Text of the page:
The candidacy of Under Armour's Ultimate Intern Team Social Media Specialist Maggie Chang.
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Hashtags are the most abused tool of Twitter. So I’m going to clear up 3 unwritten rules by….writing them down. :)
1. #You #Dont #Have #To #Hashtag #Every #Word #In #Your #Sentence. Yes, believe it or not it’s true. You don’t have to do this. I just want to put that out there.
2. Symbols don’t work in hashtags. If you’re going to hashtag the word “don’t,” do it like this: #dont. Apostrophes, &, $…none of those will work with a hashtag. Also, if you’re going to hashtag a number, it won’t work unless you write it out or attach a word to it. For example, #2012 <—that won’t work. But #Year2012 or #TwoThousandTwelve, etc. will!
3. Remember that people think simply when it comes to Twitter. If you want to get your hashtag to catch on, make it short, sweet and clever. It’s harder to make a long hashtag work and it sure doesn’t help with your 140 character limit!
foursquare is one of the most interesting social media outlets out there. From the outside, people think that it is no different from “Checking-In” on Facebook.
However, foursquare does something quite fascinating with motivation. To get people to continue checking in, foursquare allows you to earn badges, earn Mayorships when you’re the top person that checks in to a certain place, and even compete with friends on who has the most points for the day.
All of those help motivate people to use foursquare. And I have to admit, I’m a pretty competitive person. And having badges, Mayorships, and competing with friends as motivation keeps me at foursquare.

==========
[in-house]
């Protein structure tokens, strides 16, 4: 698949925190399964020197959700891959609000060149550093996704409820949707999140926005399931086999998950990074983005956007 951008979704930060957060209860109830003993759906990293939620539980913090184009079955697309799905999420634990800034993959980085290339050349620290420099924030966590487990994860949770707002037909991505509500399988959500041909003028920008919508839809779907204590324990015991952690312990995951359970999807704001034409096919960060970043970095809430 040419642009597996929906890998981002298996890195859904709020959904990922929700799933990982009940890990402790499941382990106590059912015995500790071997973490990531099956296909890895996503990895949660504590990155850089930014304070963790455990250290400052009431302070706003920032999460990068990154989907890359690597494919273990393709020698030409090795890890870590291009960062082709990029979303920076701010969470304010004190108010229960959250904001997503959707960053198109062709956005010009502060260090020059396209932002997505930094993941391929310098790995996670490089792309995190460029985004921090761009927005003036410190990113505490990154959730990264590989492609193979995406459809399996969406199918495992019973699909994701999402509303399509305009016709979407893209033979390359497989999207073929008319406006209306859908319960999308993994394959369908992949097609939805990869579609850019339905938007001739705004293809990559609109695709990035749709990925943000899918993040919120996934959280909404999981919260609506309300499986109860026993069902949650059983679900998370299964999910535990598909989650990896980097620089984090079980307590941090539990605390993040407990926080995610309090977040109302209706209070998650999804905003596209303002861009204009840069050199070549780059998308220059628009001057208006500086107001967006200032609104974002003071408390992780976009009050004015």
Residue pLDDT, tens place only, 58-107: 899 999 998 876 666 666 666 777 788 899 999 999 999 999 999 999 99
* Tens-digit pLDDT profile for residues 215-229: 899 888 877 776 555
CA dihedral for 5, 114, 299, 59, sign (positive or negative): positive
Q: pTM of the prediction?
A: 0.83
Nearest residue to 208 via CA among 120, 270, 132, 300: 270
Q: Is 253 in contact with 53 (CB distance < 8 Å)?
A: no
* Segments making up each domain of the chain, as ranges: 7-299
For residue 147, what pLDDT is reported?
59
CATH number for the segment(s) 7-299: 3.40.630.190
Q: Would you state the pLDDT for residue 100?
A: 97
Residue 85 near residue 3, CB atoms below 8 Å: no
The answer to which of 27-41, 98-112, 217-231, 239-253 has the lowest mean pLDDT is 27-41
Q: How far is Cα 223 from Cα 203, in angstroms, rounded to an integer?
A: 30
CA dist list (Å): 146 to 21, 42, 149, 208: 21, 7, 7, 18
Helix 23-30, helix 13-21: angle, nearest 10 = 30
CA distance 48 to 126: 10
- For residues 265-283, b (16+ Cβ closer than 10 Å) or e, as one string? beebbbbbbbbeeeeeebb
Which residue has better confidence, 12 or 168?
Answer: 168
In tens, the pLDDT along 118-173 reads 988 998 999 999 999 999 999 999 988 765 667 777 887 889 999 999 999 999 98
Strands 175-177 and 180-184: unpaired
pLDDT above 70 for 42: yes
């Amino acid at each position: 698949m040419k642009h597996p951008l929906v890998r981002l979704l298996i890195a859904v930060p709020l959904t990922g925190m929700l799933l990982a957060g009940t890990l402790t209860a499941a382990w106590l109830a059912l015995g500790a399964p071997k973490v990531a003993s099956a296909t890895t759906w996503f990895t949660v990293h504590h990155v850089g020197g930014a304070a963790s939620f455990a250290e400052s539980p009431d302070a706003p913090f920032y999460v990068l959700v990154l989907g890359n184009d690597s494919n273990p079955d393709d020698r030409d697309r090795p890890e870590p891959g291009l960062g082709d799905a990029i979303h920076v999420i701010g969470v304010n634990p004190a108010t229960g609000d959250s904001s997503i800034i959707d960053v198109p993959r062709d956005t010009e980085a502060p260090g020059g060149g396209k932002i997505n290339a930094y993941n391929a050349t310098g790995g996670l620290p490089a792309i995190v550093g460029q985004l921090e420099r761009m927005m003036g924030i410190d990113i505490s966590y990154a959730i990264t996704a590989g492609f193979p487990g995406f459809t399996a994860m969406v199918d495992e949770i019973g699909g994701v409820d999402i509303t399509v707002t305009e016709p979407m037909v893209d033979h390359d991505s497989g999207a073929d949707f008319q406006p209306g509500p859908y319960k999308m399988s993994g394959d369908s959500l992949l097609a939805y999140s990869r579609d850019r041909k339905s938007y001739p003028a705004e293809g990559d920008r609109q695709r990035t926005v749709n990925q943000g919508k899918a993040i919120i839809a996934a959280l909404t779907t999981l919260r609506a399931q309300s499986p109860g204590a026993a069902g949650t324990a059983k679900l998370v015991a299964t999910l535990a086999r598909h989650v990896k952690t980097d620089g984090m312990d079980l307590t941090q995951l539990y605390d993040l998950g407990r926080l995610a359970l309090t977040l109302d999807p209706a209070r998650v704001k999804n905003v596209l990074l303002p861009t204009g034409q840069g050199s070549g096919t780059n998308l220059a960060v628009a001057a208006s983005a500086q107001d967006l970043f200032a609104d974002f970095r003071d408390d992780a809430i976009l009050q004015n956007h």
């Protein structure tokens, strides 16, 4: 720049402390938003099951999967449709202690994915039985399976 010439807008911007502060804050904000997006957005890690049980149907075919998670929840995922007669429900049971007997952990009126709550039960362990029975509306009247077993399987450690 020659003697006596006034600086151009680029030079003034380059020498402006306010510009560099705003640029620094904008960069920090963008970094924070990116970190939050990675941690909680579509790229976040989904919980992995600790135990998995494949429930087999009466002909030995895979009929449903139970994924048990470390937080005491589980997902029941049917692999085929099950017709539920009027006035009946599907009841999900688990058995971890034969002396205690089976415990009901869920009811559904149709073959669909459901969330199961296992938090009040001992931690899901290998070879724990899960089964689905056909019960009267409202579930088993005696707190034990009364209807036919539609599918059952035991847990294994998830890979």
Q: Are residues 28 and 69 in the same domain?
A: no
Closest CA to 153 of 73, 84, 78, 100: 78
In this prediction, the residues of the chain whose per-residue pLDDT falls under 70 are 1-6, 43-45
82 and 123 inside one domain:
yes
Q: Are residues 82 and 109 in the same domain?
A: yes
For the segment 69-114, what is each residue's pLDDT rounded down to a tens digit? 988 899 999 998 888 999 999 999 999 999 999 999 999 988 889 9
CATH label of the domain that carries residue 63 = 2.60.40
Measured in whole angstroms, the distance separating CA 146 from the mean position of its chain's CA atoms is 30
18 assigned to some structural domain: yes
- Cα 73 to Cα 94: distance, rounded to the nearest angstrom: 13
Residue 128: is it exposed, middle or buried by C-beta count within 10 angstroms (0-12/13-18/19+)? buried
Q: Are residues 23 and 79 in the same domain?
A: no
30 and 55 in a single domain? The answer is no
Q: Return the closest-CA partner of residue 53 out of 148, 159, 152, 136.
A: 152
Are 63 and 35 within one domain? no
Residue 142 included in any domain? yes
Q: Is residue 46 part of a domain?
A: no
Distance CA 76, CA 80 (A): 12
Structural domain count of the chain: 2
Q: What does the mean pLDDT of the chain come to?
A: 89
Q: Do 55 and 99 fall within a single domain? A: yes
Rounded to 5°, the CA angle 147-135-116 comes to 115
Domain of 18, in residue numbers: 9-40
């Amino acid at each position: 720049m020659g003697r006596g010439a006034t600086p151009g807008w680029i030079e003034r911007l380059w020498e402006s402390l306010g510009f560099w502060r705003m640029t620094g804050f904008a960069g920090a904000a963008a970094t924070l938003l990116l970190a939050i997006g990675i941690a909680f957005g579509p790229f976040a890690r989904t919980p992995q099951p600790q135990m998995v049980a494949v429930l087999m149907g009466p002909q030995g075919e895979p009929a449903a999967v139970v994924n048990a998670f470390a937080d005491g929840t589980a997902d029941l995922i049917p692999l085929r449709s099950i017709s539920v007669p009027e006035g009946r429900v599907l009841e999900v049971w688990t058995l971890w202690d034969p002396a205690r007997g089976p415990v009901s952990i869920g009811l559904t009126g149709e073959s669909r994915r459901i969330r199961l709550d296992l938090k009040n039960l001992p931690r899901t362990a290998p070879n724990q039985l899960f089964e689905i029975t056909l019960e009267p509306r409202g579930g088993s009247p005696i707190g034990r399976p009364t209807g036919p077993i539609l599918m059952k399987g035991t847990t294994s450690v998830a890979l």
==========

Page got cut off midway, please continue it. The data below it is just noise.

It’s interesting how just inserting a little bit of competition into something can increase usage but most of all…keep users on. Props to foursquare for finding a way to accomplish that.
Thought I’d start today by giving some tips to what is probably the most underrated social media outlet for students today: LinkedIn. I talked about LinkedIn before in one of my earlier posts and why I love it but here’s a reiteration: social media is a huge factor in our daily lives and one of these days (if not already), LinkedIn will be just as good if not better than your paper resume.
Here’s some tips on how to best utilize LinkedIn.
- Business, Tech and Social Media news…in one place. As a student, I think everyone thinks that our generation is really up-to-date with technology and social media. Everyone thinks our generation knows exactly what the new trends are. And that might not be true. But LinkedIn Today, a headline reel at your homepage of LinkedIn, can help you stay up-to-date. They talk about everything from business mergers to stocks of social media to social media tips to the newest Android phones. Everything in the three categories listed above are right there from all different sources including Mashable and the Wall Street Journal. I stay informed through this!
- Follow Companies. Following companies can be your biggest advantage here when we are looking for summer internships or future work placement. A lot of information are on the company profiles on LinkedIn but the connections and jobs are the key ones. If you’re interested in the company, reach out to someone who works there! With a box called “How you’re connected with COMPANY NAME” you can see your first, second and third degree connections. Click on some and look around for an area of your interest or an HR director. You might get some cool feedback! And also check if there are jobs available. Many companies now post jobs directly to their LinkedIn, which is convenient for us all!
- Utilize “Adding Sections” to make a more informative profile. LinkedIn has some awesome “apps” that you can have in your profile. If you go to edit your profile, you’ll see above your Summary that you have the choice of adding sections:
And they’re awesome! You can show what courses you’ve taken, what books you’re reading, and you know how sometimes you aren’t sure if your extra curricular activities count as “Work Experience?” Well no problem now! There’s a section called Organizations where you can write what you’ve done in every organization you’re involved with. A great way to build your LinkedIn resume!